1. How does your relationship with your boys' other parent positively/negatively affect your relationship with your boys, if at all?
Oh, it definitely affects my boys - both for the negative and the positive. I'm one of those odd ones who has an excellent relationship with my ex, and not because he deserves it, or because he was particularly wonderful to me during or after our divorce process. It was a conscious effort on my part to maintain a working relationship regardless of his choices or behavior. I sought out a Christian counselor and friend of the family to help me see the bigger picture during my emotionally charged decision-making process, and I'm thankful to this day for that decision.
As a result of this foresight, and the grace of God, we talk with respectful and productive language and with quiet hearts. The boys notice this, well... at least my 4 year old does, and he doesn't feel the tension (except on visitations, which are still difficult for me and I cry a lot). Though, he feels like we should get back together, and it is very confusing for him... it's still better than bitter fighting. I honestly feel that no matter what, this dynamic is difficult for children to understand.
2. Do you feel that single parents are treated differently in the workplace? If so, how?
I think single parents are treated differently EVERYWHERE. As far as the workplace, specifically, I would say that often times single parents are not treated fairly, and that it is something we have to continually battle. Hearts and minds do not change easily from old stereotypes... but there ARE many single mothers and fathers out there "making it" for the sake of their children, without taking excessive days off or productivity concerns. Sometimes they're given more slack, but most of the time they are judged by others who don't allow room for people in the world with a less than perfect "resume".
I was just talking about this with someone the other day, who I feel at times treats me like I'm "less than" instead of "equal to". She does it almost subconsciously, because of pre-conceived notions and attitudes she grew up with, like me. I make people uncomfortable for discussing these topics head on, but after that initial discussion, their view becomes much more accurate, as does the way I feel about their reactions. It's always good to open an honest dialogue with the people in your life who matter.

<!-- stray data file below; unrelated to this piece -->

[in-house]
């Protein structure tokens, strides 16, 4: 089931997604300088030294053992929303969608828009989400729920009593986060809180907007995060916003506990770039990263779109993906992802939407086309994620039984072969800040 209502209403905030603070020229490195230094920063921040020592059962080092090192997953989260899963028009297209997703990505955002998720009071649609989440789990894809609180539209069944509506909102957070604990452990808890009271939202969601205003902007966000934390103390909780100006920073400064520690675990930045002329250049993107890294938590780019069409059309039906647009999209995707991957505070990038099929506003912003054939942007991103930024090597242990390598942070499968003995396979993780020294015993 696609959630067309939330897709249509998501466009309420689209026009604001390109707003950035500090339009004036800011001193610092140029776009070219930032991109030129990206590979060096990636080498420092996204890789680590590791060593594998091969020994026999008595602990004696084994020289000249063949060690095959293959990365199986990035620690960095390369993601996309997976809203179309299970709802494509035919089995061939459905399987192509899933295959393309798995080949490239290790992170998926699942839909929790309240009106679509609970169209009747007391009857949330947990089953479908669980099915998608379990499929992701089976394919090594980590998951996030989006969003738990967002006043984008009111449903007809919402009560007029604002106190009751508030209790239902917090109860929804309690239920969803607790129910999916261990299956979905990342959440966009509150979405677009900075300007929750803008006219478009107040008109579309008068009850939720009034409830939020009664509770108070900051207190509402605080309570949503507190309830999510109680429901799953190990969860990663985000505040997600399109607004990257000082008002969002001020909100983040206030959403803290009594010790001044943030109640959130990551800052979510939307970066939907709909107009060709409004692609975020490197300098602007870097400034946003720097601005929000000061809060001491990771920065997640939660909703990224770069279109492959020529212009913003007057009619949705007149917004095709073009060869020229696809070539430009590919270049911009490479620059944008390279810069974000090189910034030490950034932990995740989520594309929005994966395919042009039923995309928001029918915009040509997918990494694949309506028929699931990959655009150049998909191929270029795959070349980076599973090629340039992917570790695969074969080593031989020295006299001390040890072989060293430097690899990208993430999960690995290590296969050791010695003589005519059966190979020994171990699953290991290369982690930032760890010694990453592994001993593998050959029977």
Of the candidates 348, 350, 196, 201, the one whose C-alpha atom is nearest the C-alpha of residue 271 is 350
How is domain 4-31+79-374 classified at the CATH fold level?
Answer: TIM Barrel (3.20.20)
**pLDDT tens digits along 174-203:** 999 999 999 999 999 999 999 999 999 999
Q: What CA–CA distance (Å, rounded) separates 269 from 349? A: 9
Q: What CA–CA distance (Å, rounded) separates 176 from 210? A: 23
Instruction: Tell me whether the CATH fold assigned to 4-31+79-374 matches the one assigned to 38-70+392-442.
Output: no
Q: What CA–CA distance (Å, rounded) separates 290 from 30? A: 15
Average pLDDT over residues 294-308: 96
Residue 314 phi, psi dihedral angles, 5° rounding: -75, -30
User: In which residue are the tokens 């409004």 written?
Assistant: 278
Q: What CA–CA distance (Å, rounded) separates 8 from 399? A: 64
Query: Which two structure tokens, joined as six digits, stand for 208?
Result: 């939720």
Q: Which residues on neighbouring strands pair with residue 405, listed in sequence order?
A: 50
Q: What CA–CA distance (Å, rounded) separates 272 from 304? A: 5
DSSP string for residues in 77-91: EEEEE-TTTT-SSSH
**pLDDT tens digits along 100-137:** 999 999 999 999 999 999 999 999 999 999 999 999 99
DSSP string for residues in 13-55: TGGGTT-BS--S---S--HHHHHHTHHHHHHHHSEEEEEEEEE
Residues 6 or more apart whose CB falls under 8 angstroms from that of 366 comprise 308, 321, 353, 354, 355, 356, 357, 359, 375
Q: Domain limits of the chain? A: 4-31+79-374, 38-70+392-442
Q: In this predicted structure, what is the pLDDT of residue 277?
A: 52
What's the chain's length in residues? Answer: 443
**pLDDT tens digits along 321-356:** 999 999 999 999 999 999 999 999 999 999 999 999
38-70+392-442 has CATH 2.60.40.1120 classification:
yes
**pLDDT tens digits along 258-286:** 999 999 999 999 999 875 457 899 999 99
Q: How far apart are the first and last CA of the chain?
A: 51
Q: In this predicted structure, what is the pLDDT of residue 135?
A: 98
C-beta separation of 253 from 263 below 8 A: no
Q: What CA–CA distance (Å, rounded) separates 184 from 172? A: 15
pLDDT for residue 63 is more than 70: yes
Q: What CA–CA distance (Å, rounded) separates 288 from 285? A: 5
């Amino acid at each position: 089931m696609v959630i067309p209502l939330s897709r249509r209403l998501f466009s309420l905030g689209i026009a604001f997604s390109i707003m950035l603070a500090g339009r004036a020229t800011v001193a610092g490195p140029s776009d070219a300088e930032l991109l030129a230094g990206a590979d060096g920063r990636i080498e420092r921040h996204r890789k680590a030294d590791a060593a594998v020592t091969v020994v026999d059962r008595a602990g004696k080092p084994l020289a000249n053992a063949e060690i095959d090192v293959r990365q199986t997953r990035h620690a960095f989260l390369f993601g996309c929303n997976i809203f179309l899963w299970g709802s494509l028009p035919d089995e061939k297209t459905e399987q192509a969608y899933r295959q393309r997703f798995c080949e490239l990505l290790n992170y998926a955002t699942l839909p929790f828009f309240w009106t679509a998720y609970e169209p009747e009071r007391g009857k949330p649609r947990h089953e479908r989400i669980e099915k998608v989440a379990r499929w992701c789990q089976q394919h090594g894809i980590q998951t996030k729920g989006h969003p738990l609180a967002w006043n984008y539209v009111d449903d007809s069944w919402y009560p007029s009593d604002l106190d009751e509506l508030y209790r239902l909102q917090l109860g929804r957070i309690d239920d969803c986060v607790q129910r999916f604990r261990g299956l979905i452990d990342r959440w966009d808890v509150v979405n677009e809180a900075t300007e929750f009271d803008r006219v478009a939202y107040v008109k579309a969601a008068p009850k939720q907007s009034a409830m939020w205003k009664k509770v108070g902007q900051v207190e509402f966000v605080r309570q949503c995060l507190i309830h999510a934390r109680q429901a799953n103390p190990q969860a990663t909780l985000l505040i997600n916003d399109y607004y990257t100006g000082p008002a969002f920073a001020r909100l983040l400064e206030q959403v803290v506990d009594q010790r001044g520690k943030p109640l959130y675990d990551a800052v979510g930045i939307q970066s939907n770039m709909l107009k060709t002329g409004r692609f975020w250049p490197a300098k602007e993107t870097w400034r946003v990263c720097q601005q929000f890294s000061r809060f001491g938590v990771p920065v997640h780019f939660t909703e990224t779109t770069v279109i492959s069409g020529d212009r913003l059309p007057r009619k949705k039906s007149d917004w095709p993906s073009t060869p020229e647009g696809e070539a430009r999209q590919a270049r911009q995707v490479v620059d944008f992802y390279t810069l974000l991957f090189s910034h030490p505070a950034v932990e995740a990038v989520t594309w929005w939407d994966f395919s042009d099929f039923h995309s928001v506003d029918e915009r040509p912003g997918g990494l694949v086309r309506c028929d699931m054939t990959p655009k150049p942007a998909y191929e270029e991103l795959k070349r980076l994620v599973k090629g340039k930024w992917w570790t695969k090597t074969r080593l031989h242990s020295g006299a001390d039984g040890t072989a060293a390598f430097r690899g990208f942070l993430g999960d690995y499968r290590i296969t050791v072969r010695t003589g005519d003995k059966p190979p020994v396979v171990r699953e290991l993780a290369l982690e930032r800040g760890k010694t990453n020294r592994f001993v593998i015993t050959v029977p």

I also feel that churches often times overlook the needs of single parents, especially single mothers, and they fall from grace more readily without the social support they most definitely need. That is something I am hoping to change, at least in my area.
3. How would you say your married family/friends view your life as a single parent?
It's mixed. It really depends on the person. I was pretty much raised to think that being a single parent was the worst thing in the world, so I had to adjust my own view of myself first and foremost. Once I saw myself for what I REALLY was, and not what society or family trained me to believe a single parent was, the views of others began to change. My own view of myself was like a mirror... when it was poor, I was treated poorly. When I shone, I was treated with respect. That daily commitment to remembering the truth of who I am,(and it is daily) aside from labels, is one of the largest determinants of what my day becomes.
4. What is one thing that you've learned about yourself as a result of becoming a single parent?
That I am resilient and adaptable, and that my love for my children will enable me to endure any obstacles we will face. It doesn't get too much worse than being cast out 8 months pregnant with twins and a toddler, and having to beg and borrow to make it for a year without child support, and live with your former sister-in-law's parents basement, and then learning of your ex's wedding to the prego woman just as the ink dries on the divorce decree... yeah. If I can survive that, I can survive anything.
I've also learned WHO I am, and the trial I endured didn't break me, it refined me. I'm more sure of my worth and potential now more than EVER!
5. What advice/encouragement could you give to a newly single parent?
YOU ARE NOT ALONE. That's the biggest one - you need to know this. Sadly, but accurately, you are one of millions of women and men enduring the same circumstances. It's more common now than ever, and you needn't feel like a loser or failure. In fact, you're a survivor. Taking care of your child by yourself is no small feat! Be proud of the responsibility you're able to juggle. You rock.
Seek out friends and peers who understand what you are going through, at least to the degree that they will not judge you for your house being a mess on the days you "feel" your situation, will keep you company regardless of the time of day and make you laugh, and who will STAND UP FOR YOU in the presence of others. I am blessed to have found friends like that, even though the early days of single-parenthood didn't allow the same camaraderie.
Also - take TIME for yourself. If you're feeling overwhelmed, and the house is a mess, and you look like you've endured Hurricane Katrina, either cry it out, watch movies and eat ice cream for the evening, or spit-shine yourself to look and feel *hot* and go out to a movie with a friend. Get a babysitter you can rely on, whether it be family or teenager down the street, and LEAVE your house without a diaper bag. Wake up the next morning, and look at that day as just what it is.... brand new. Let yourself fall apart, and start fresh. It works far better than bottling it up all the time and having a truly catastrophic meltdown!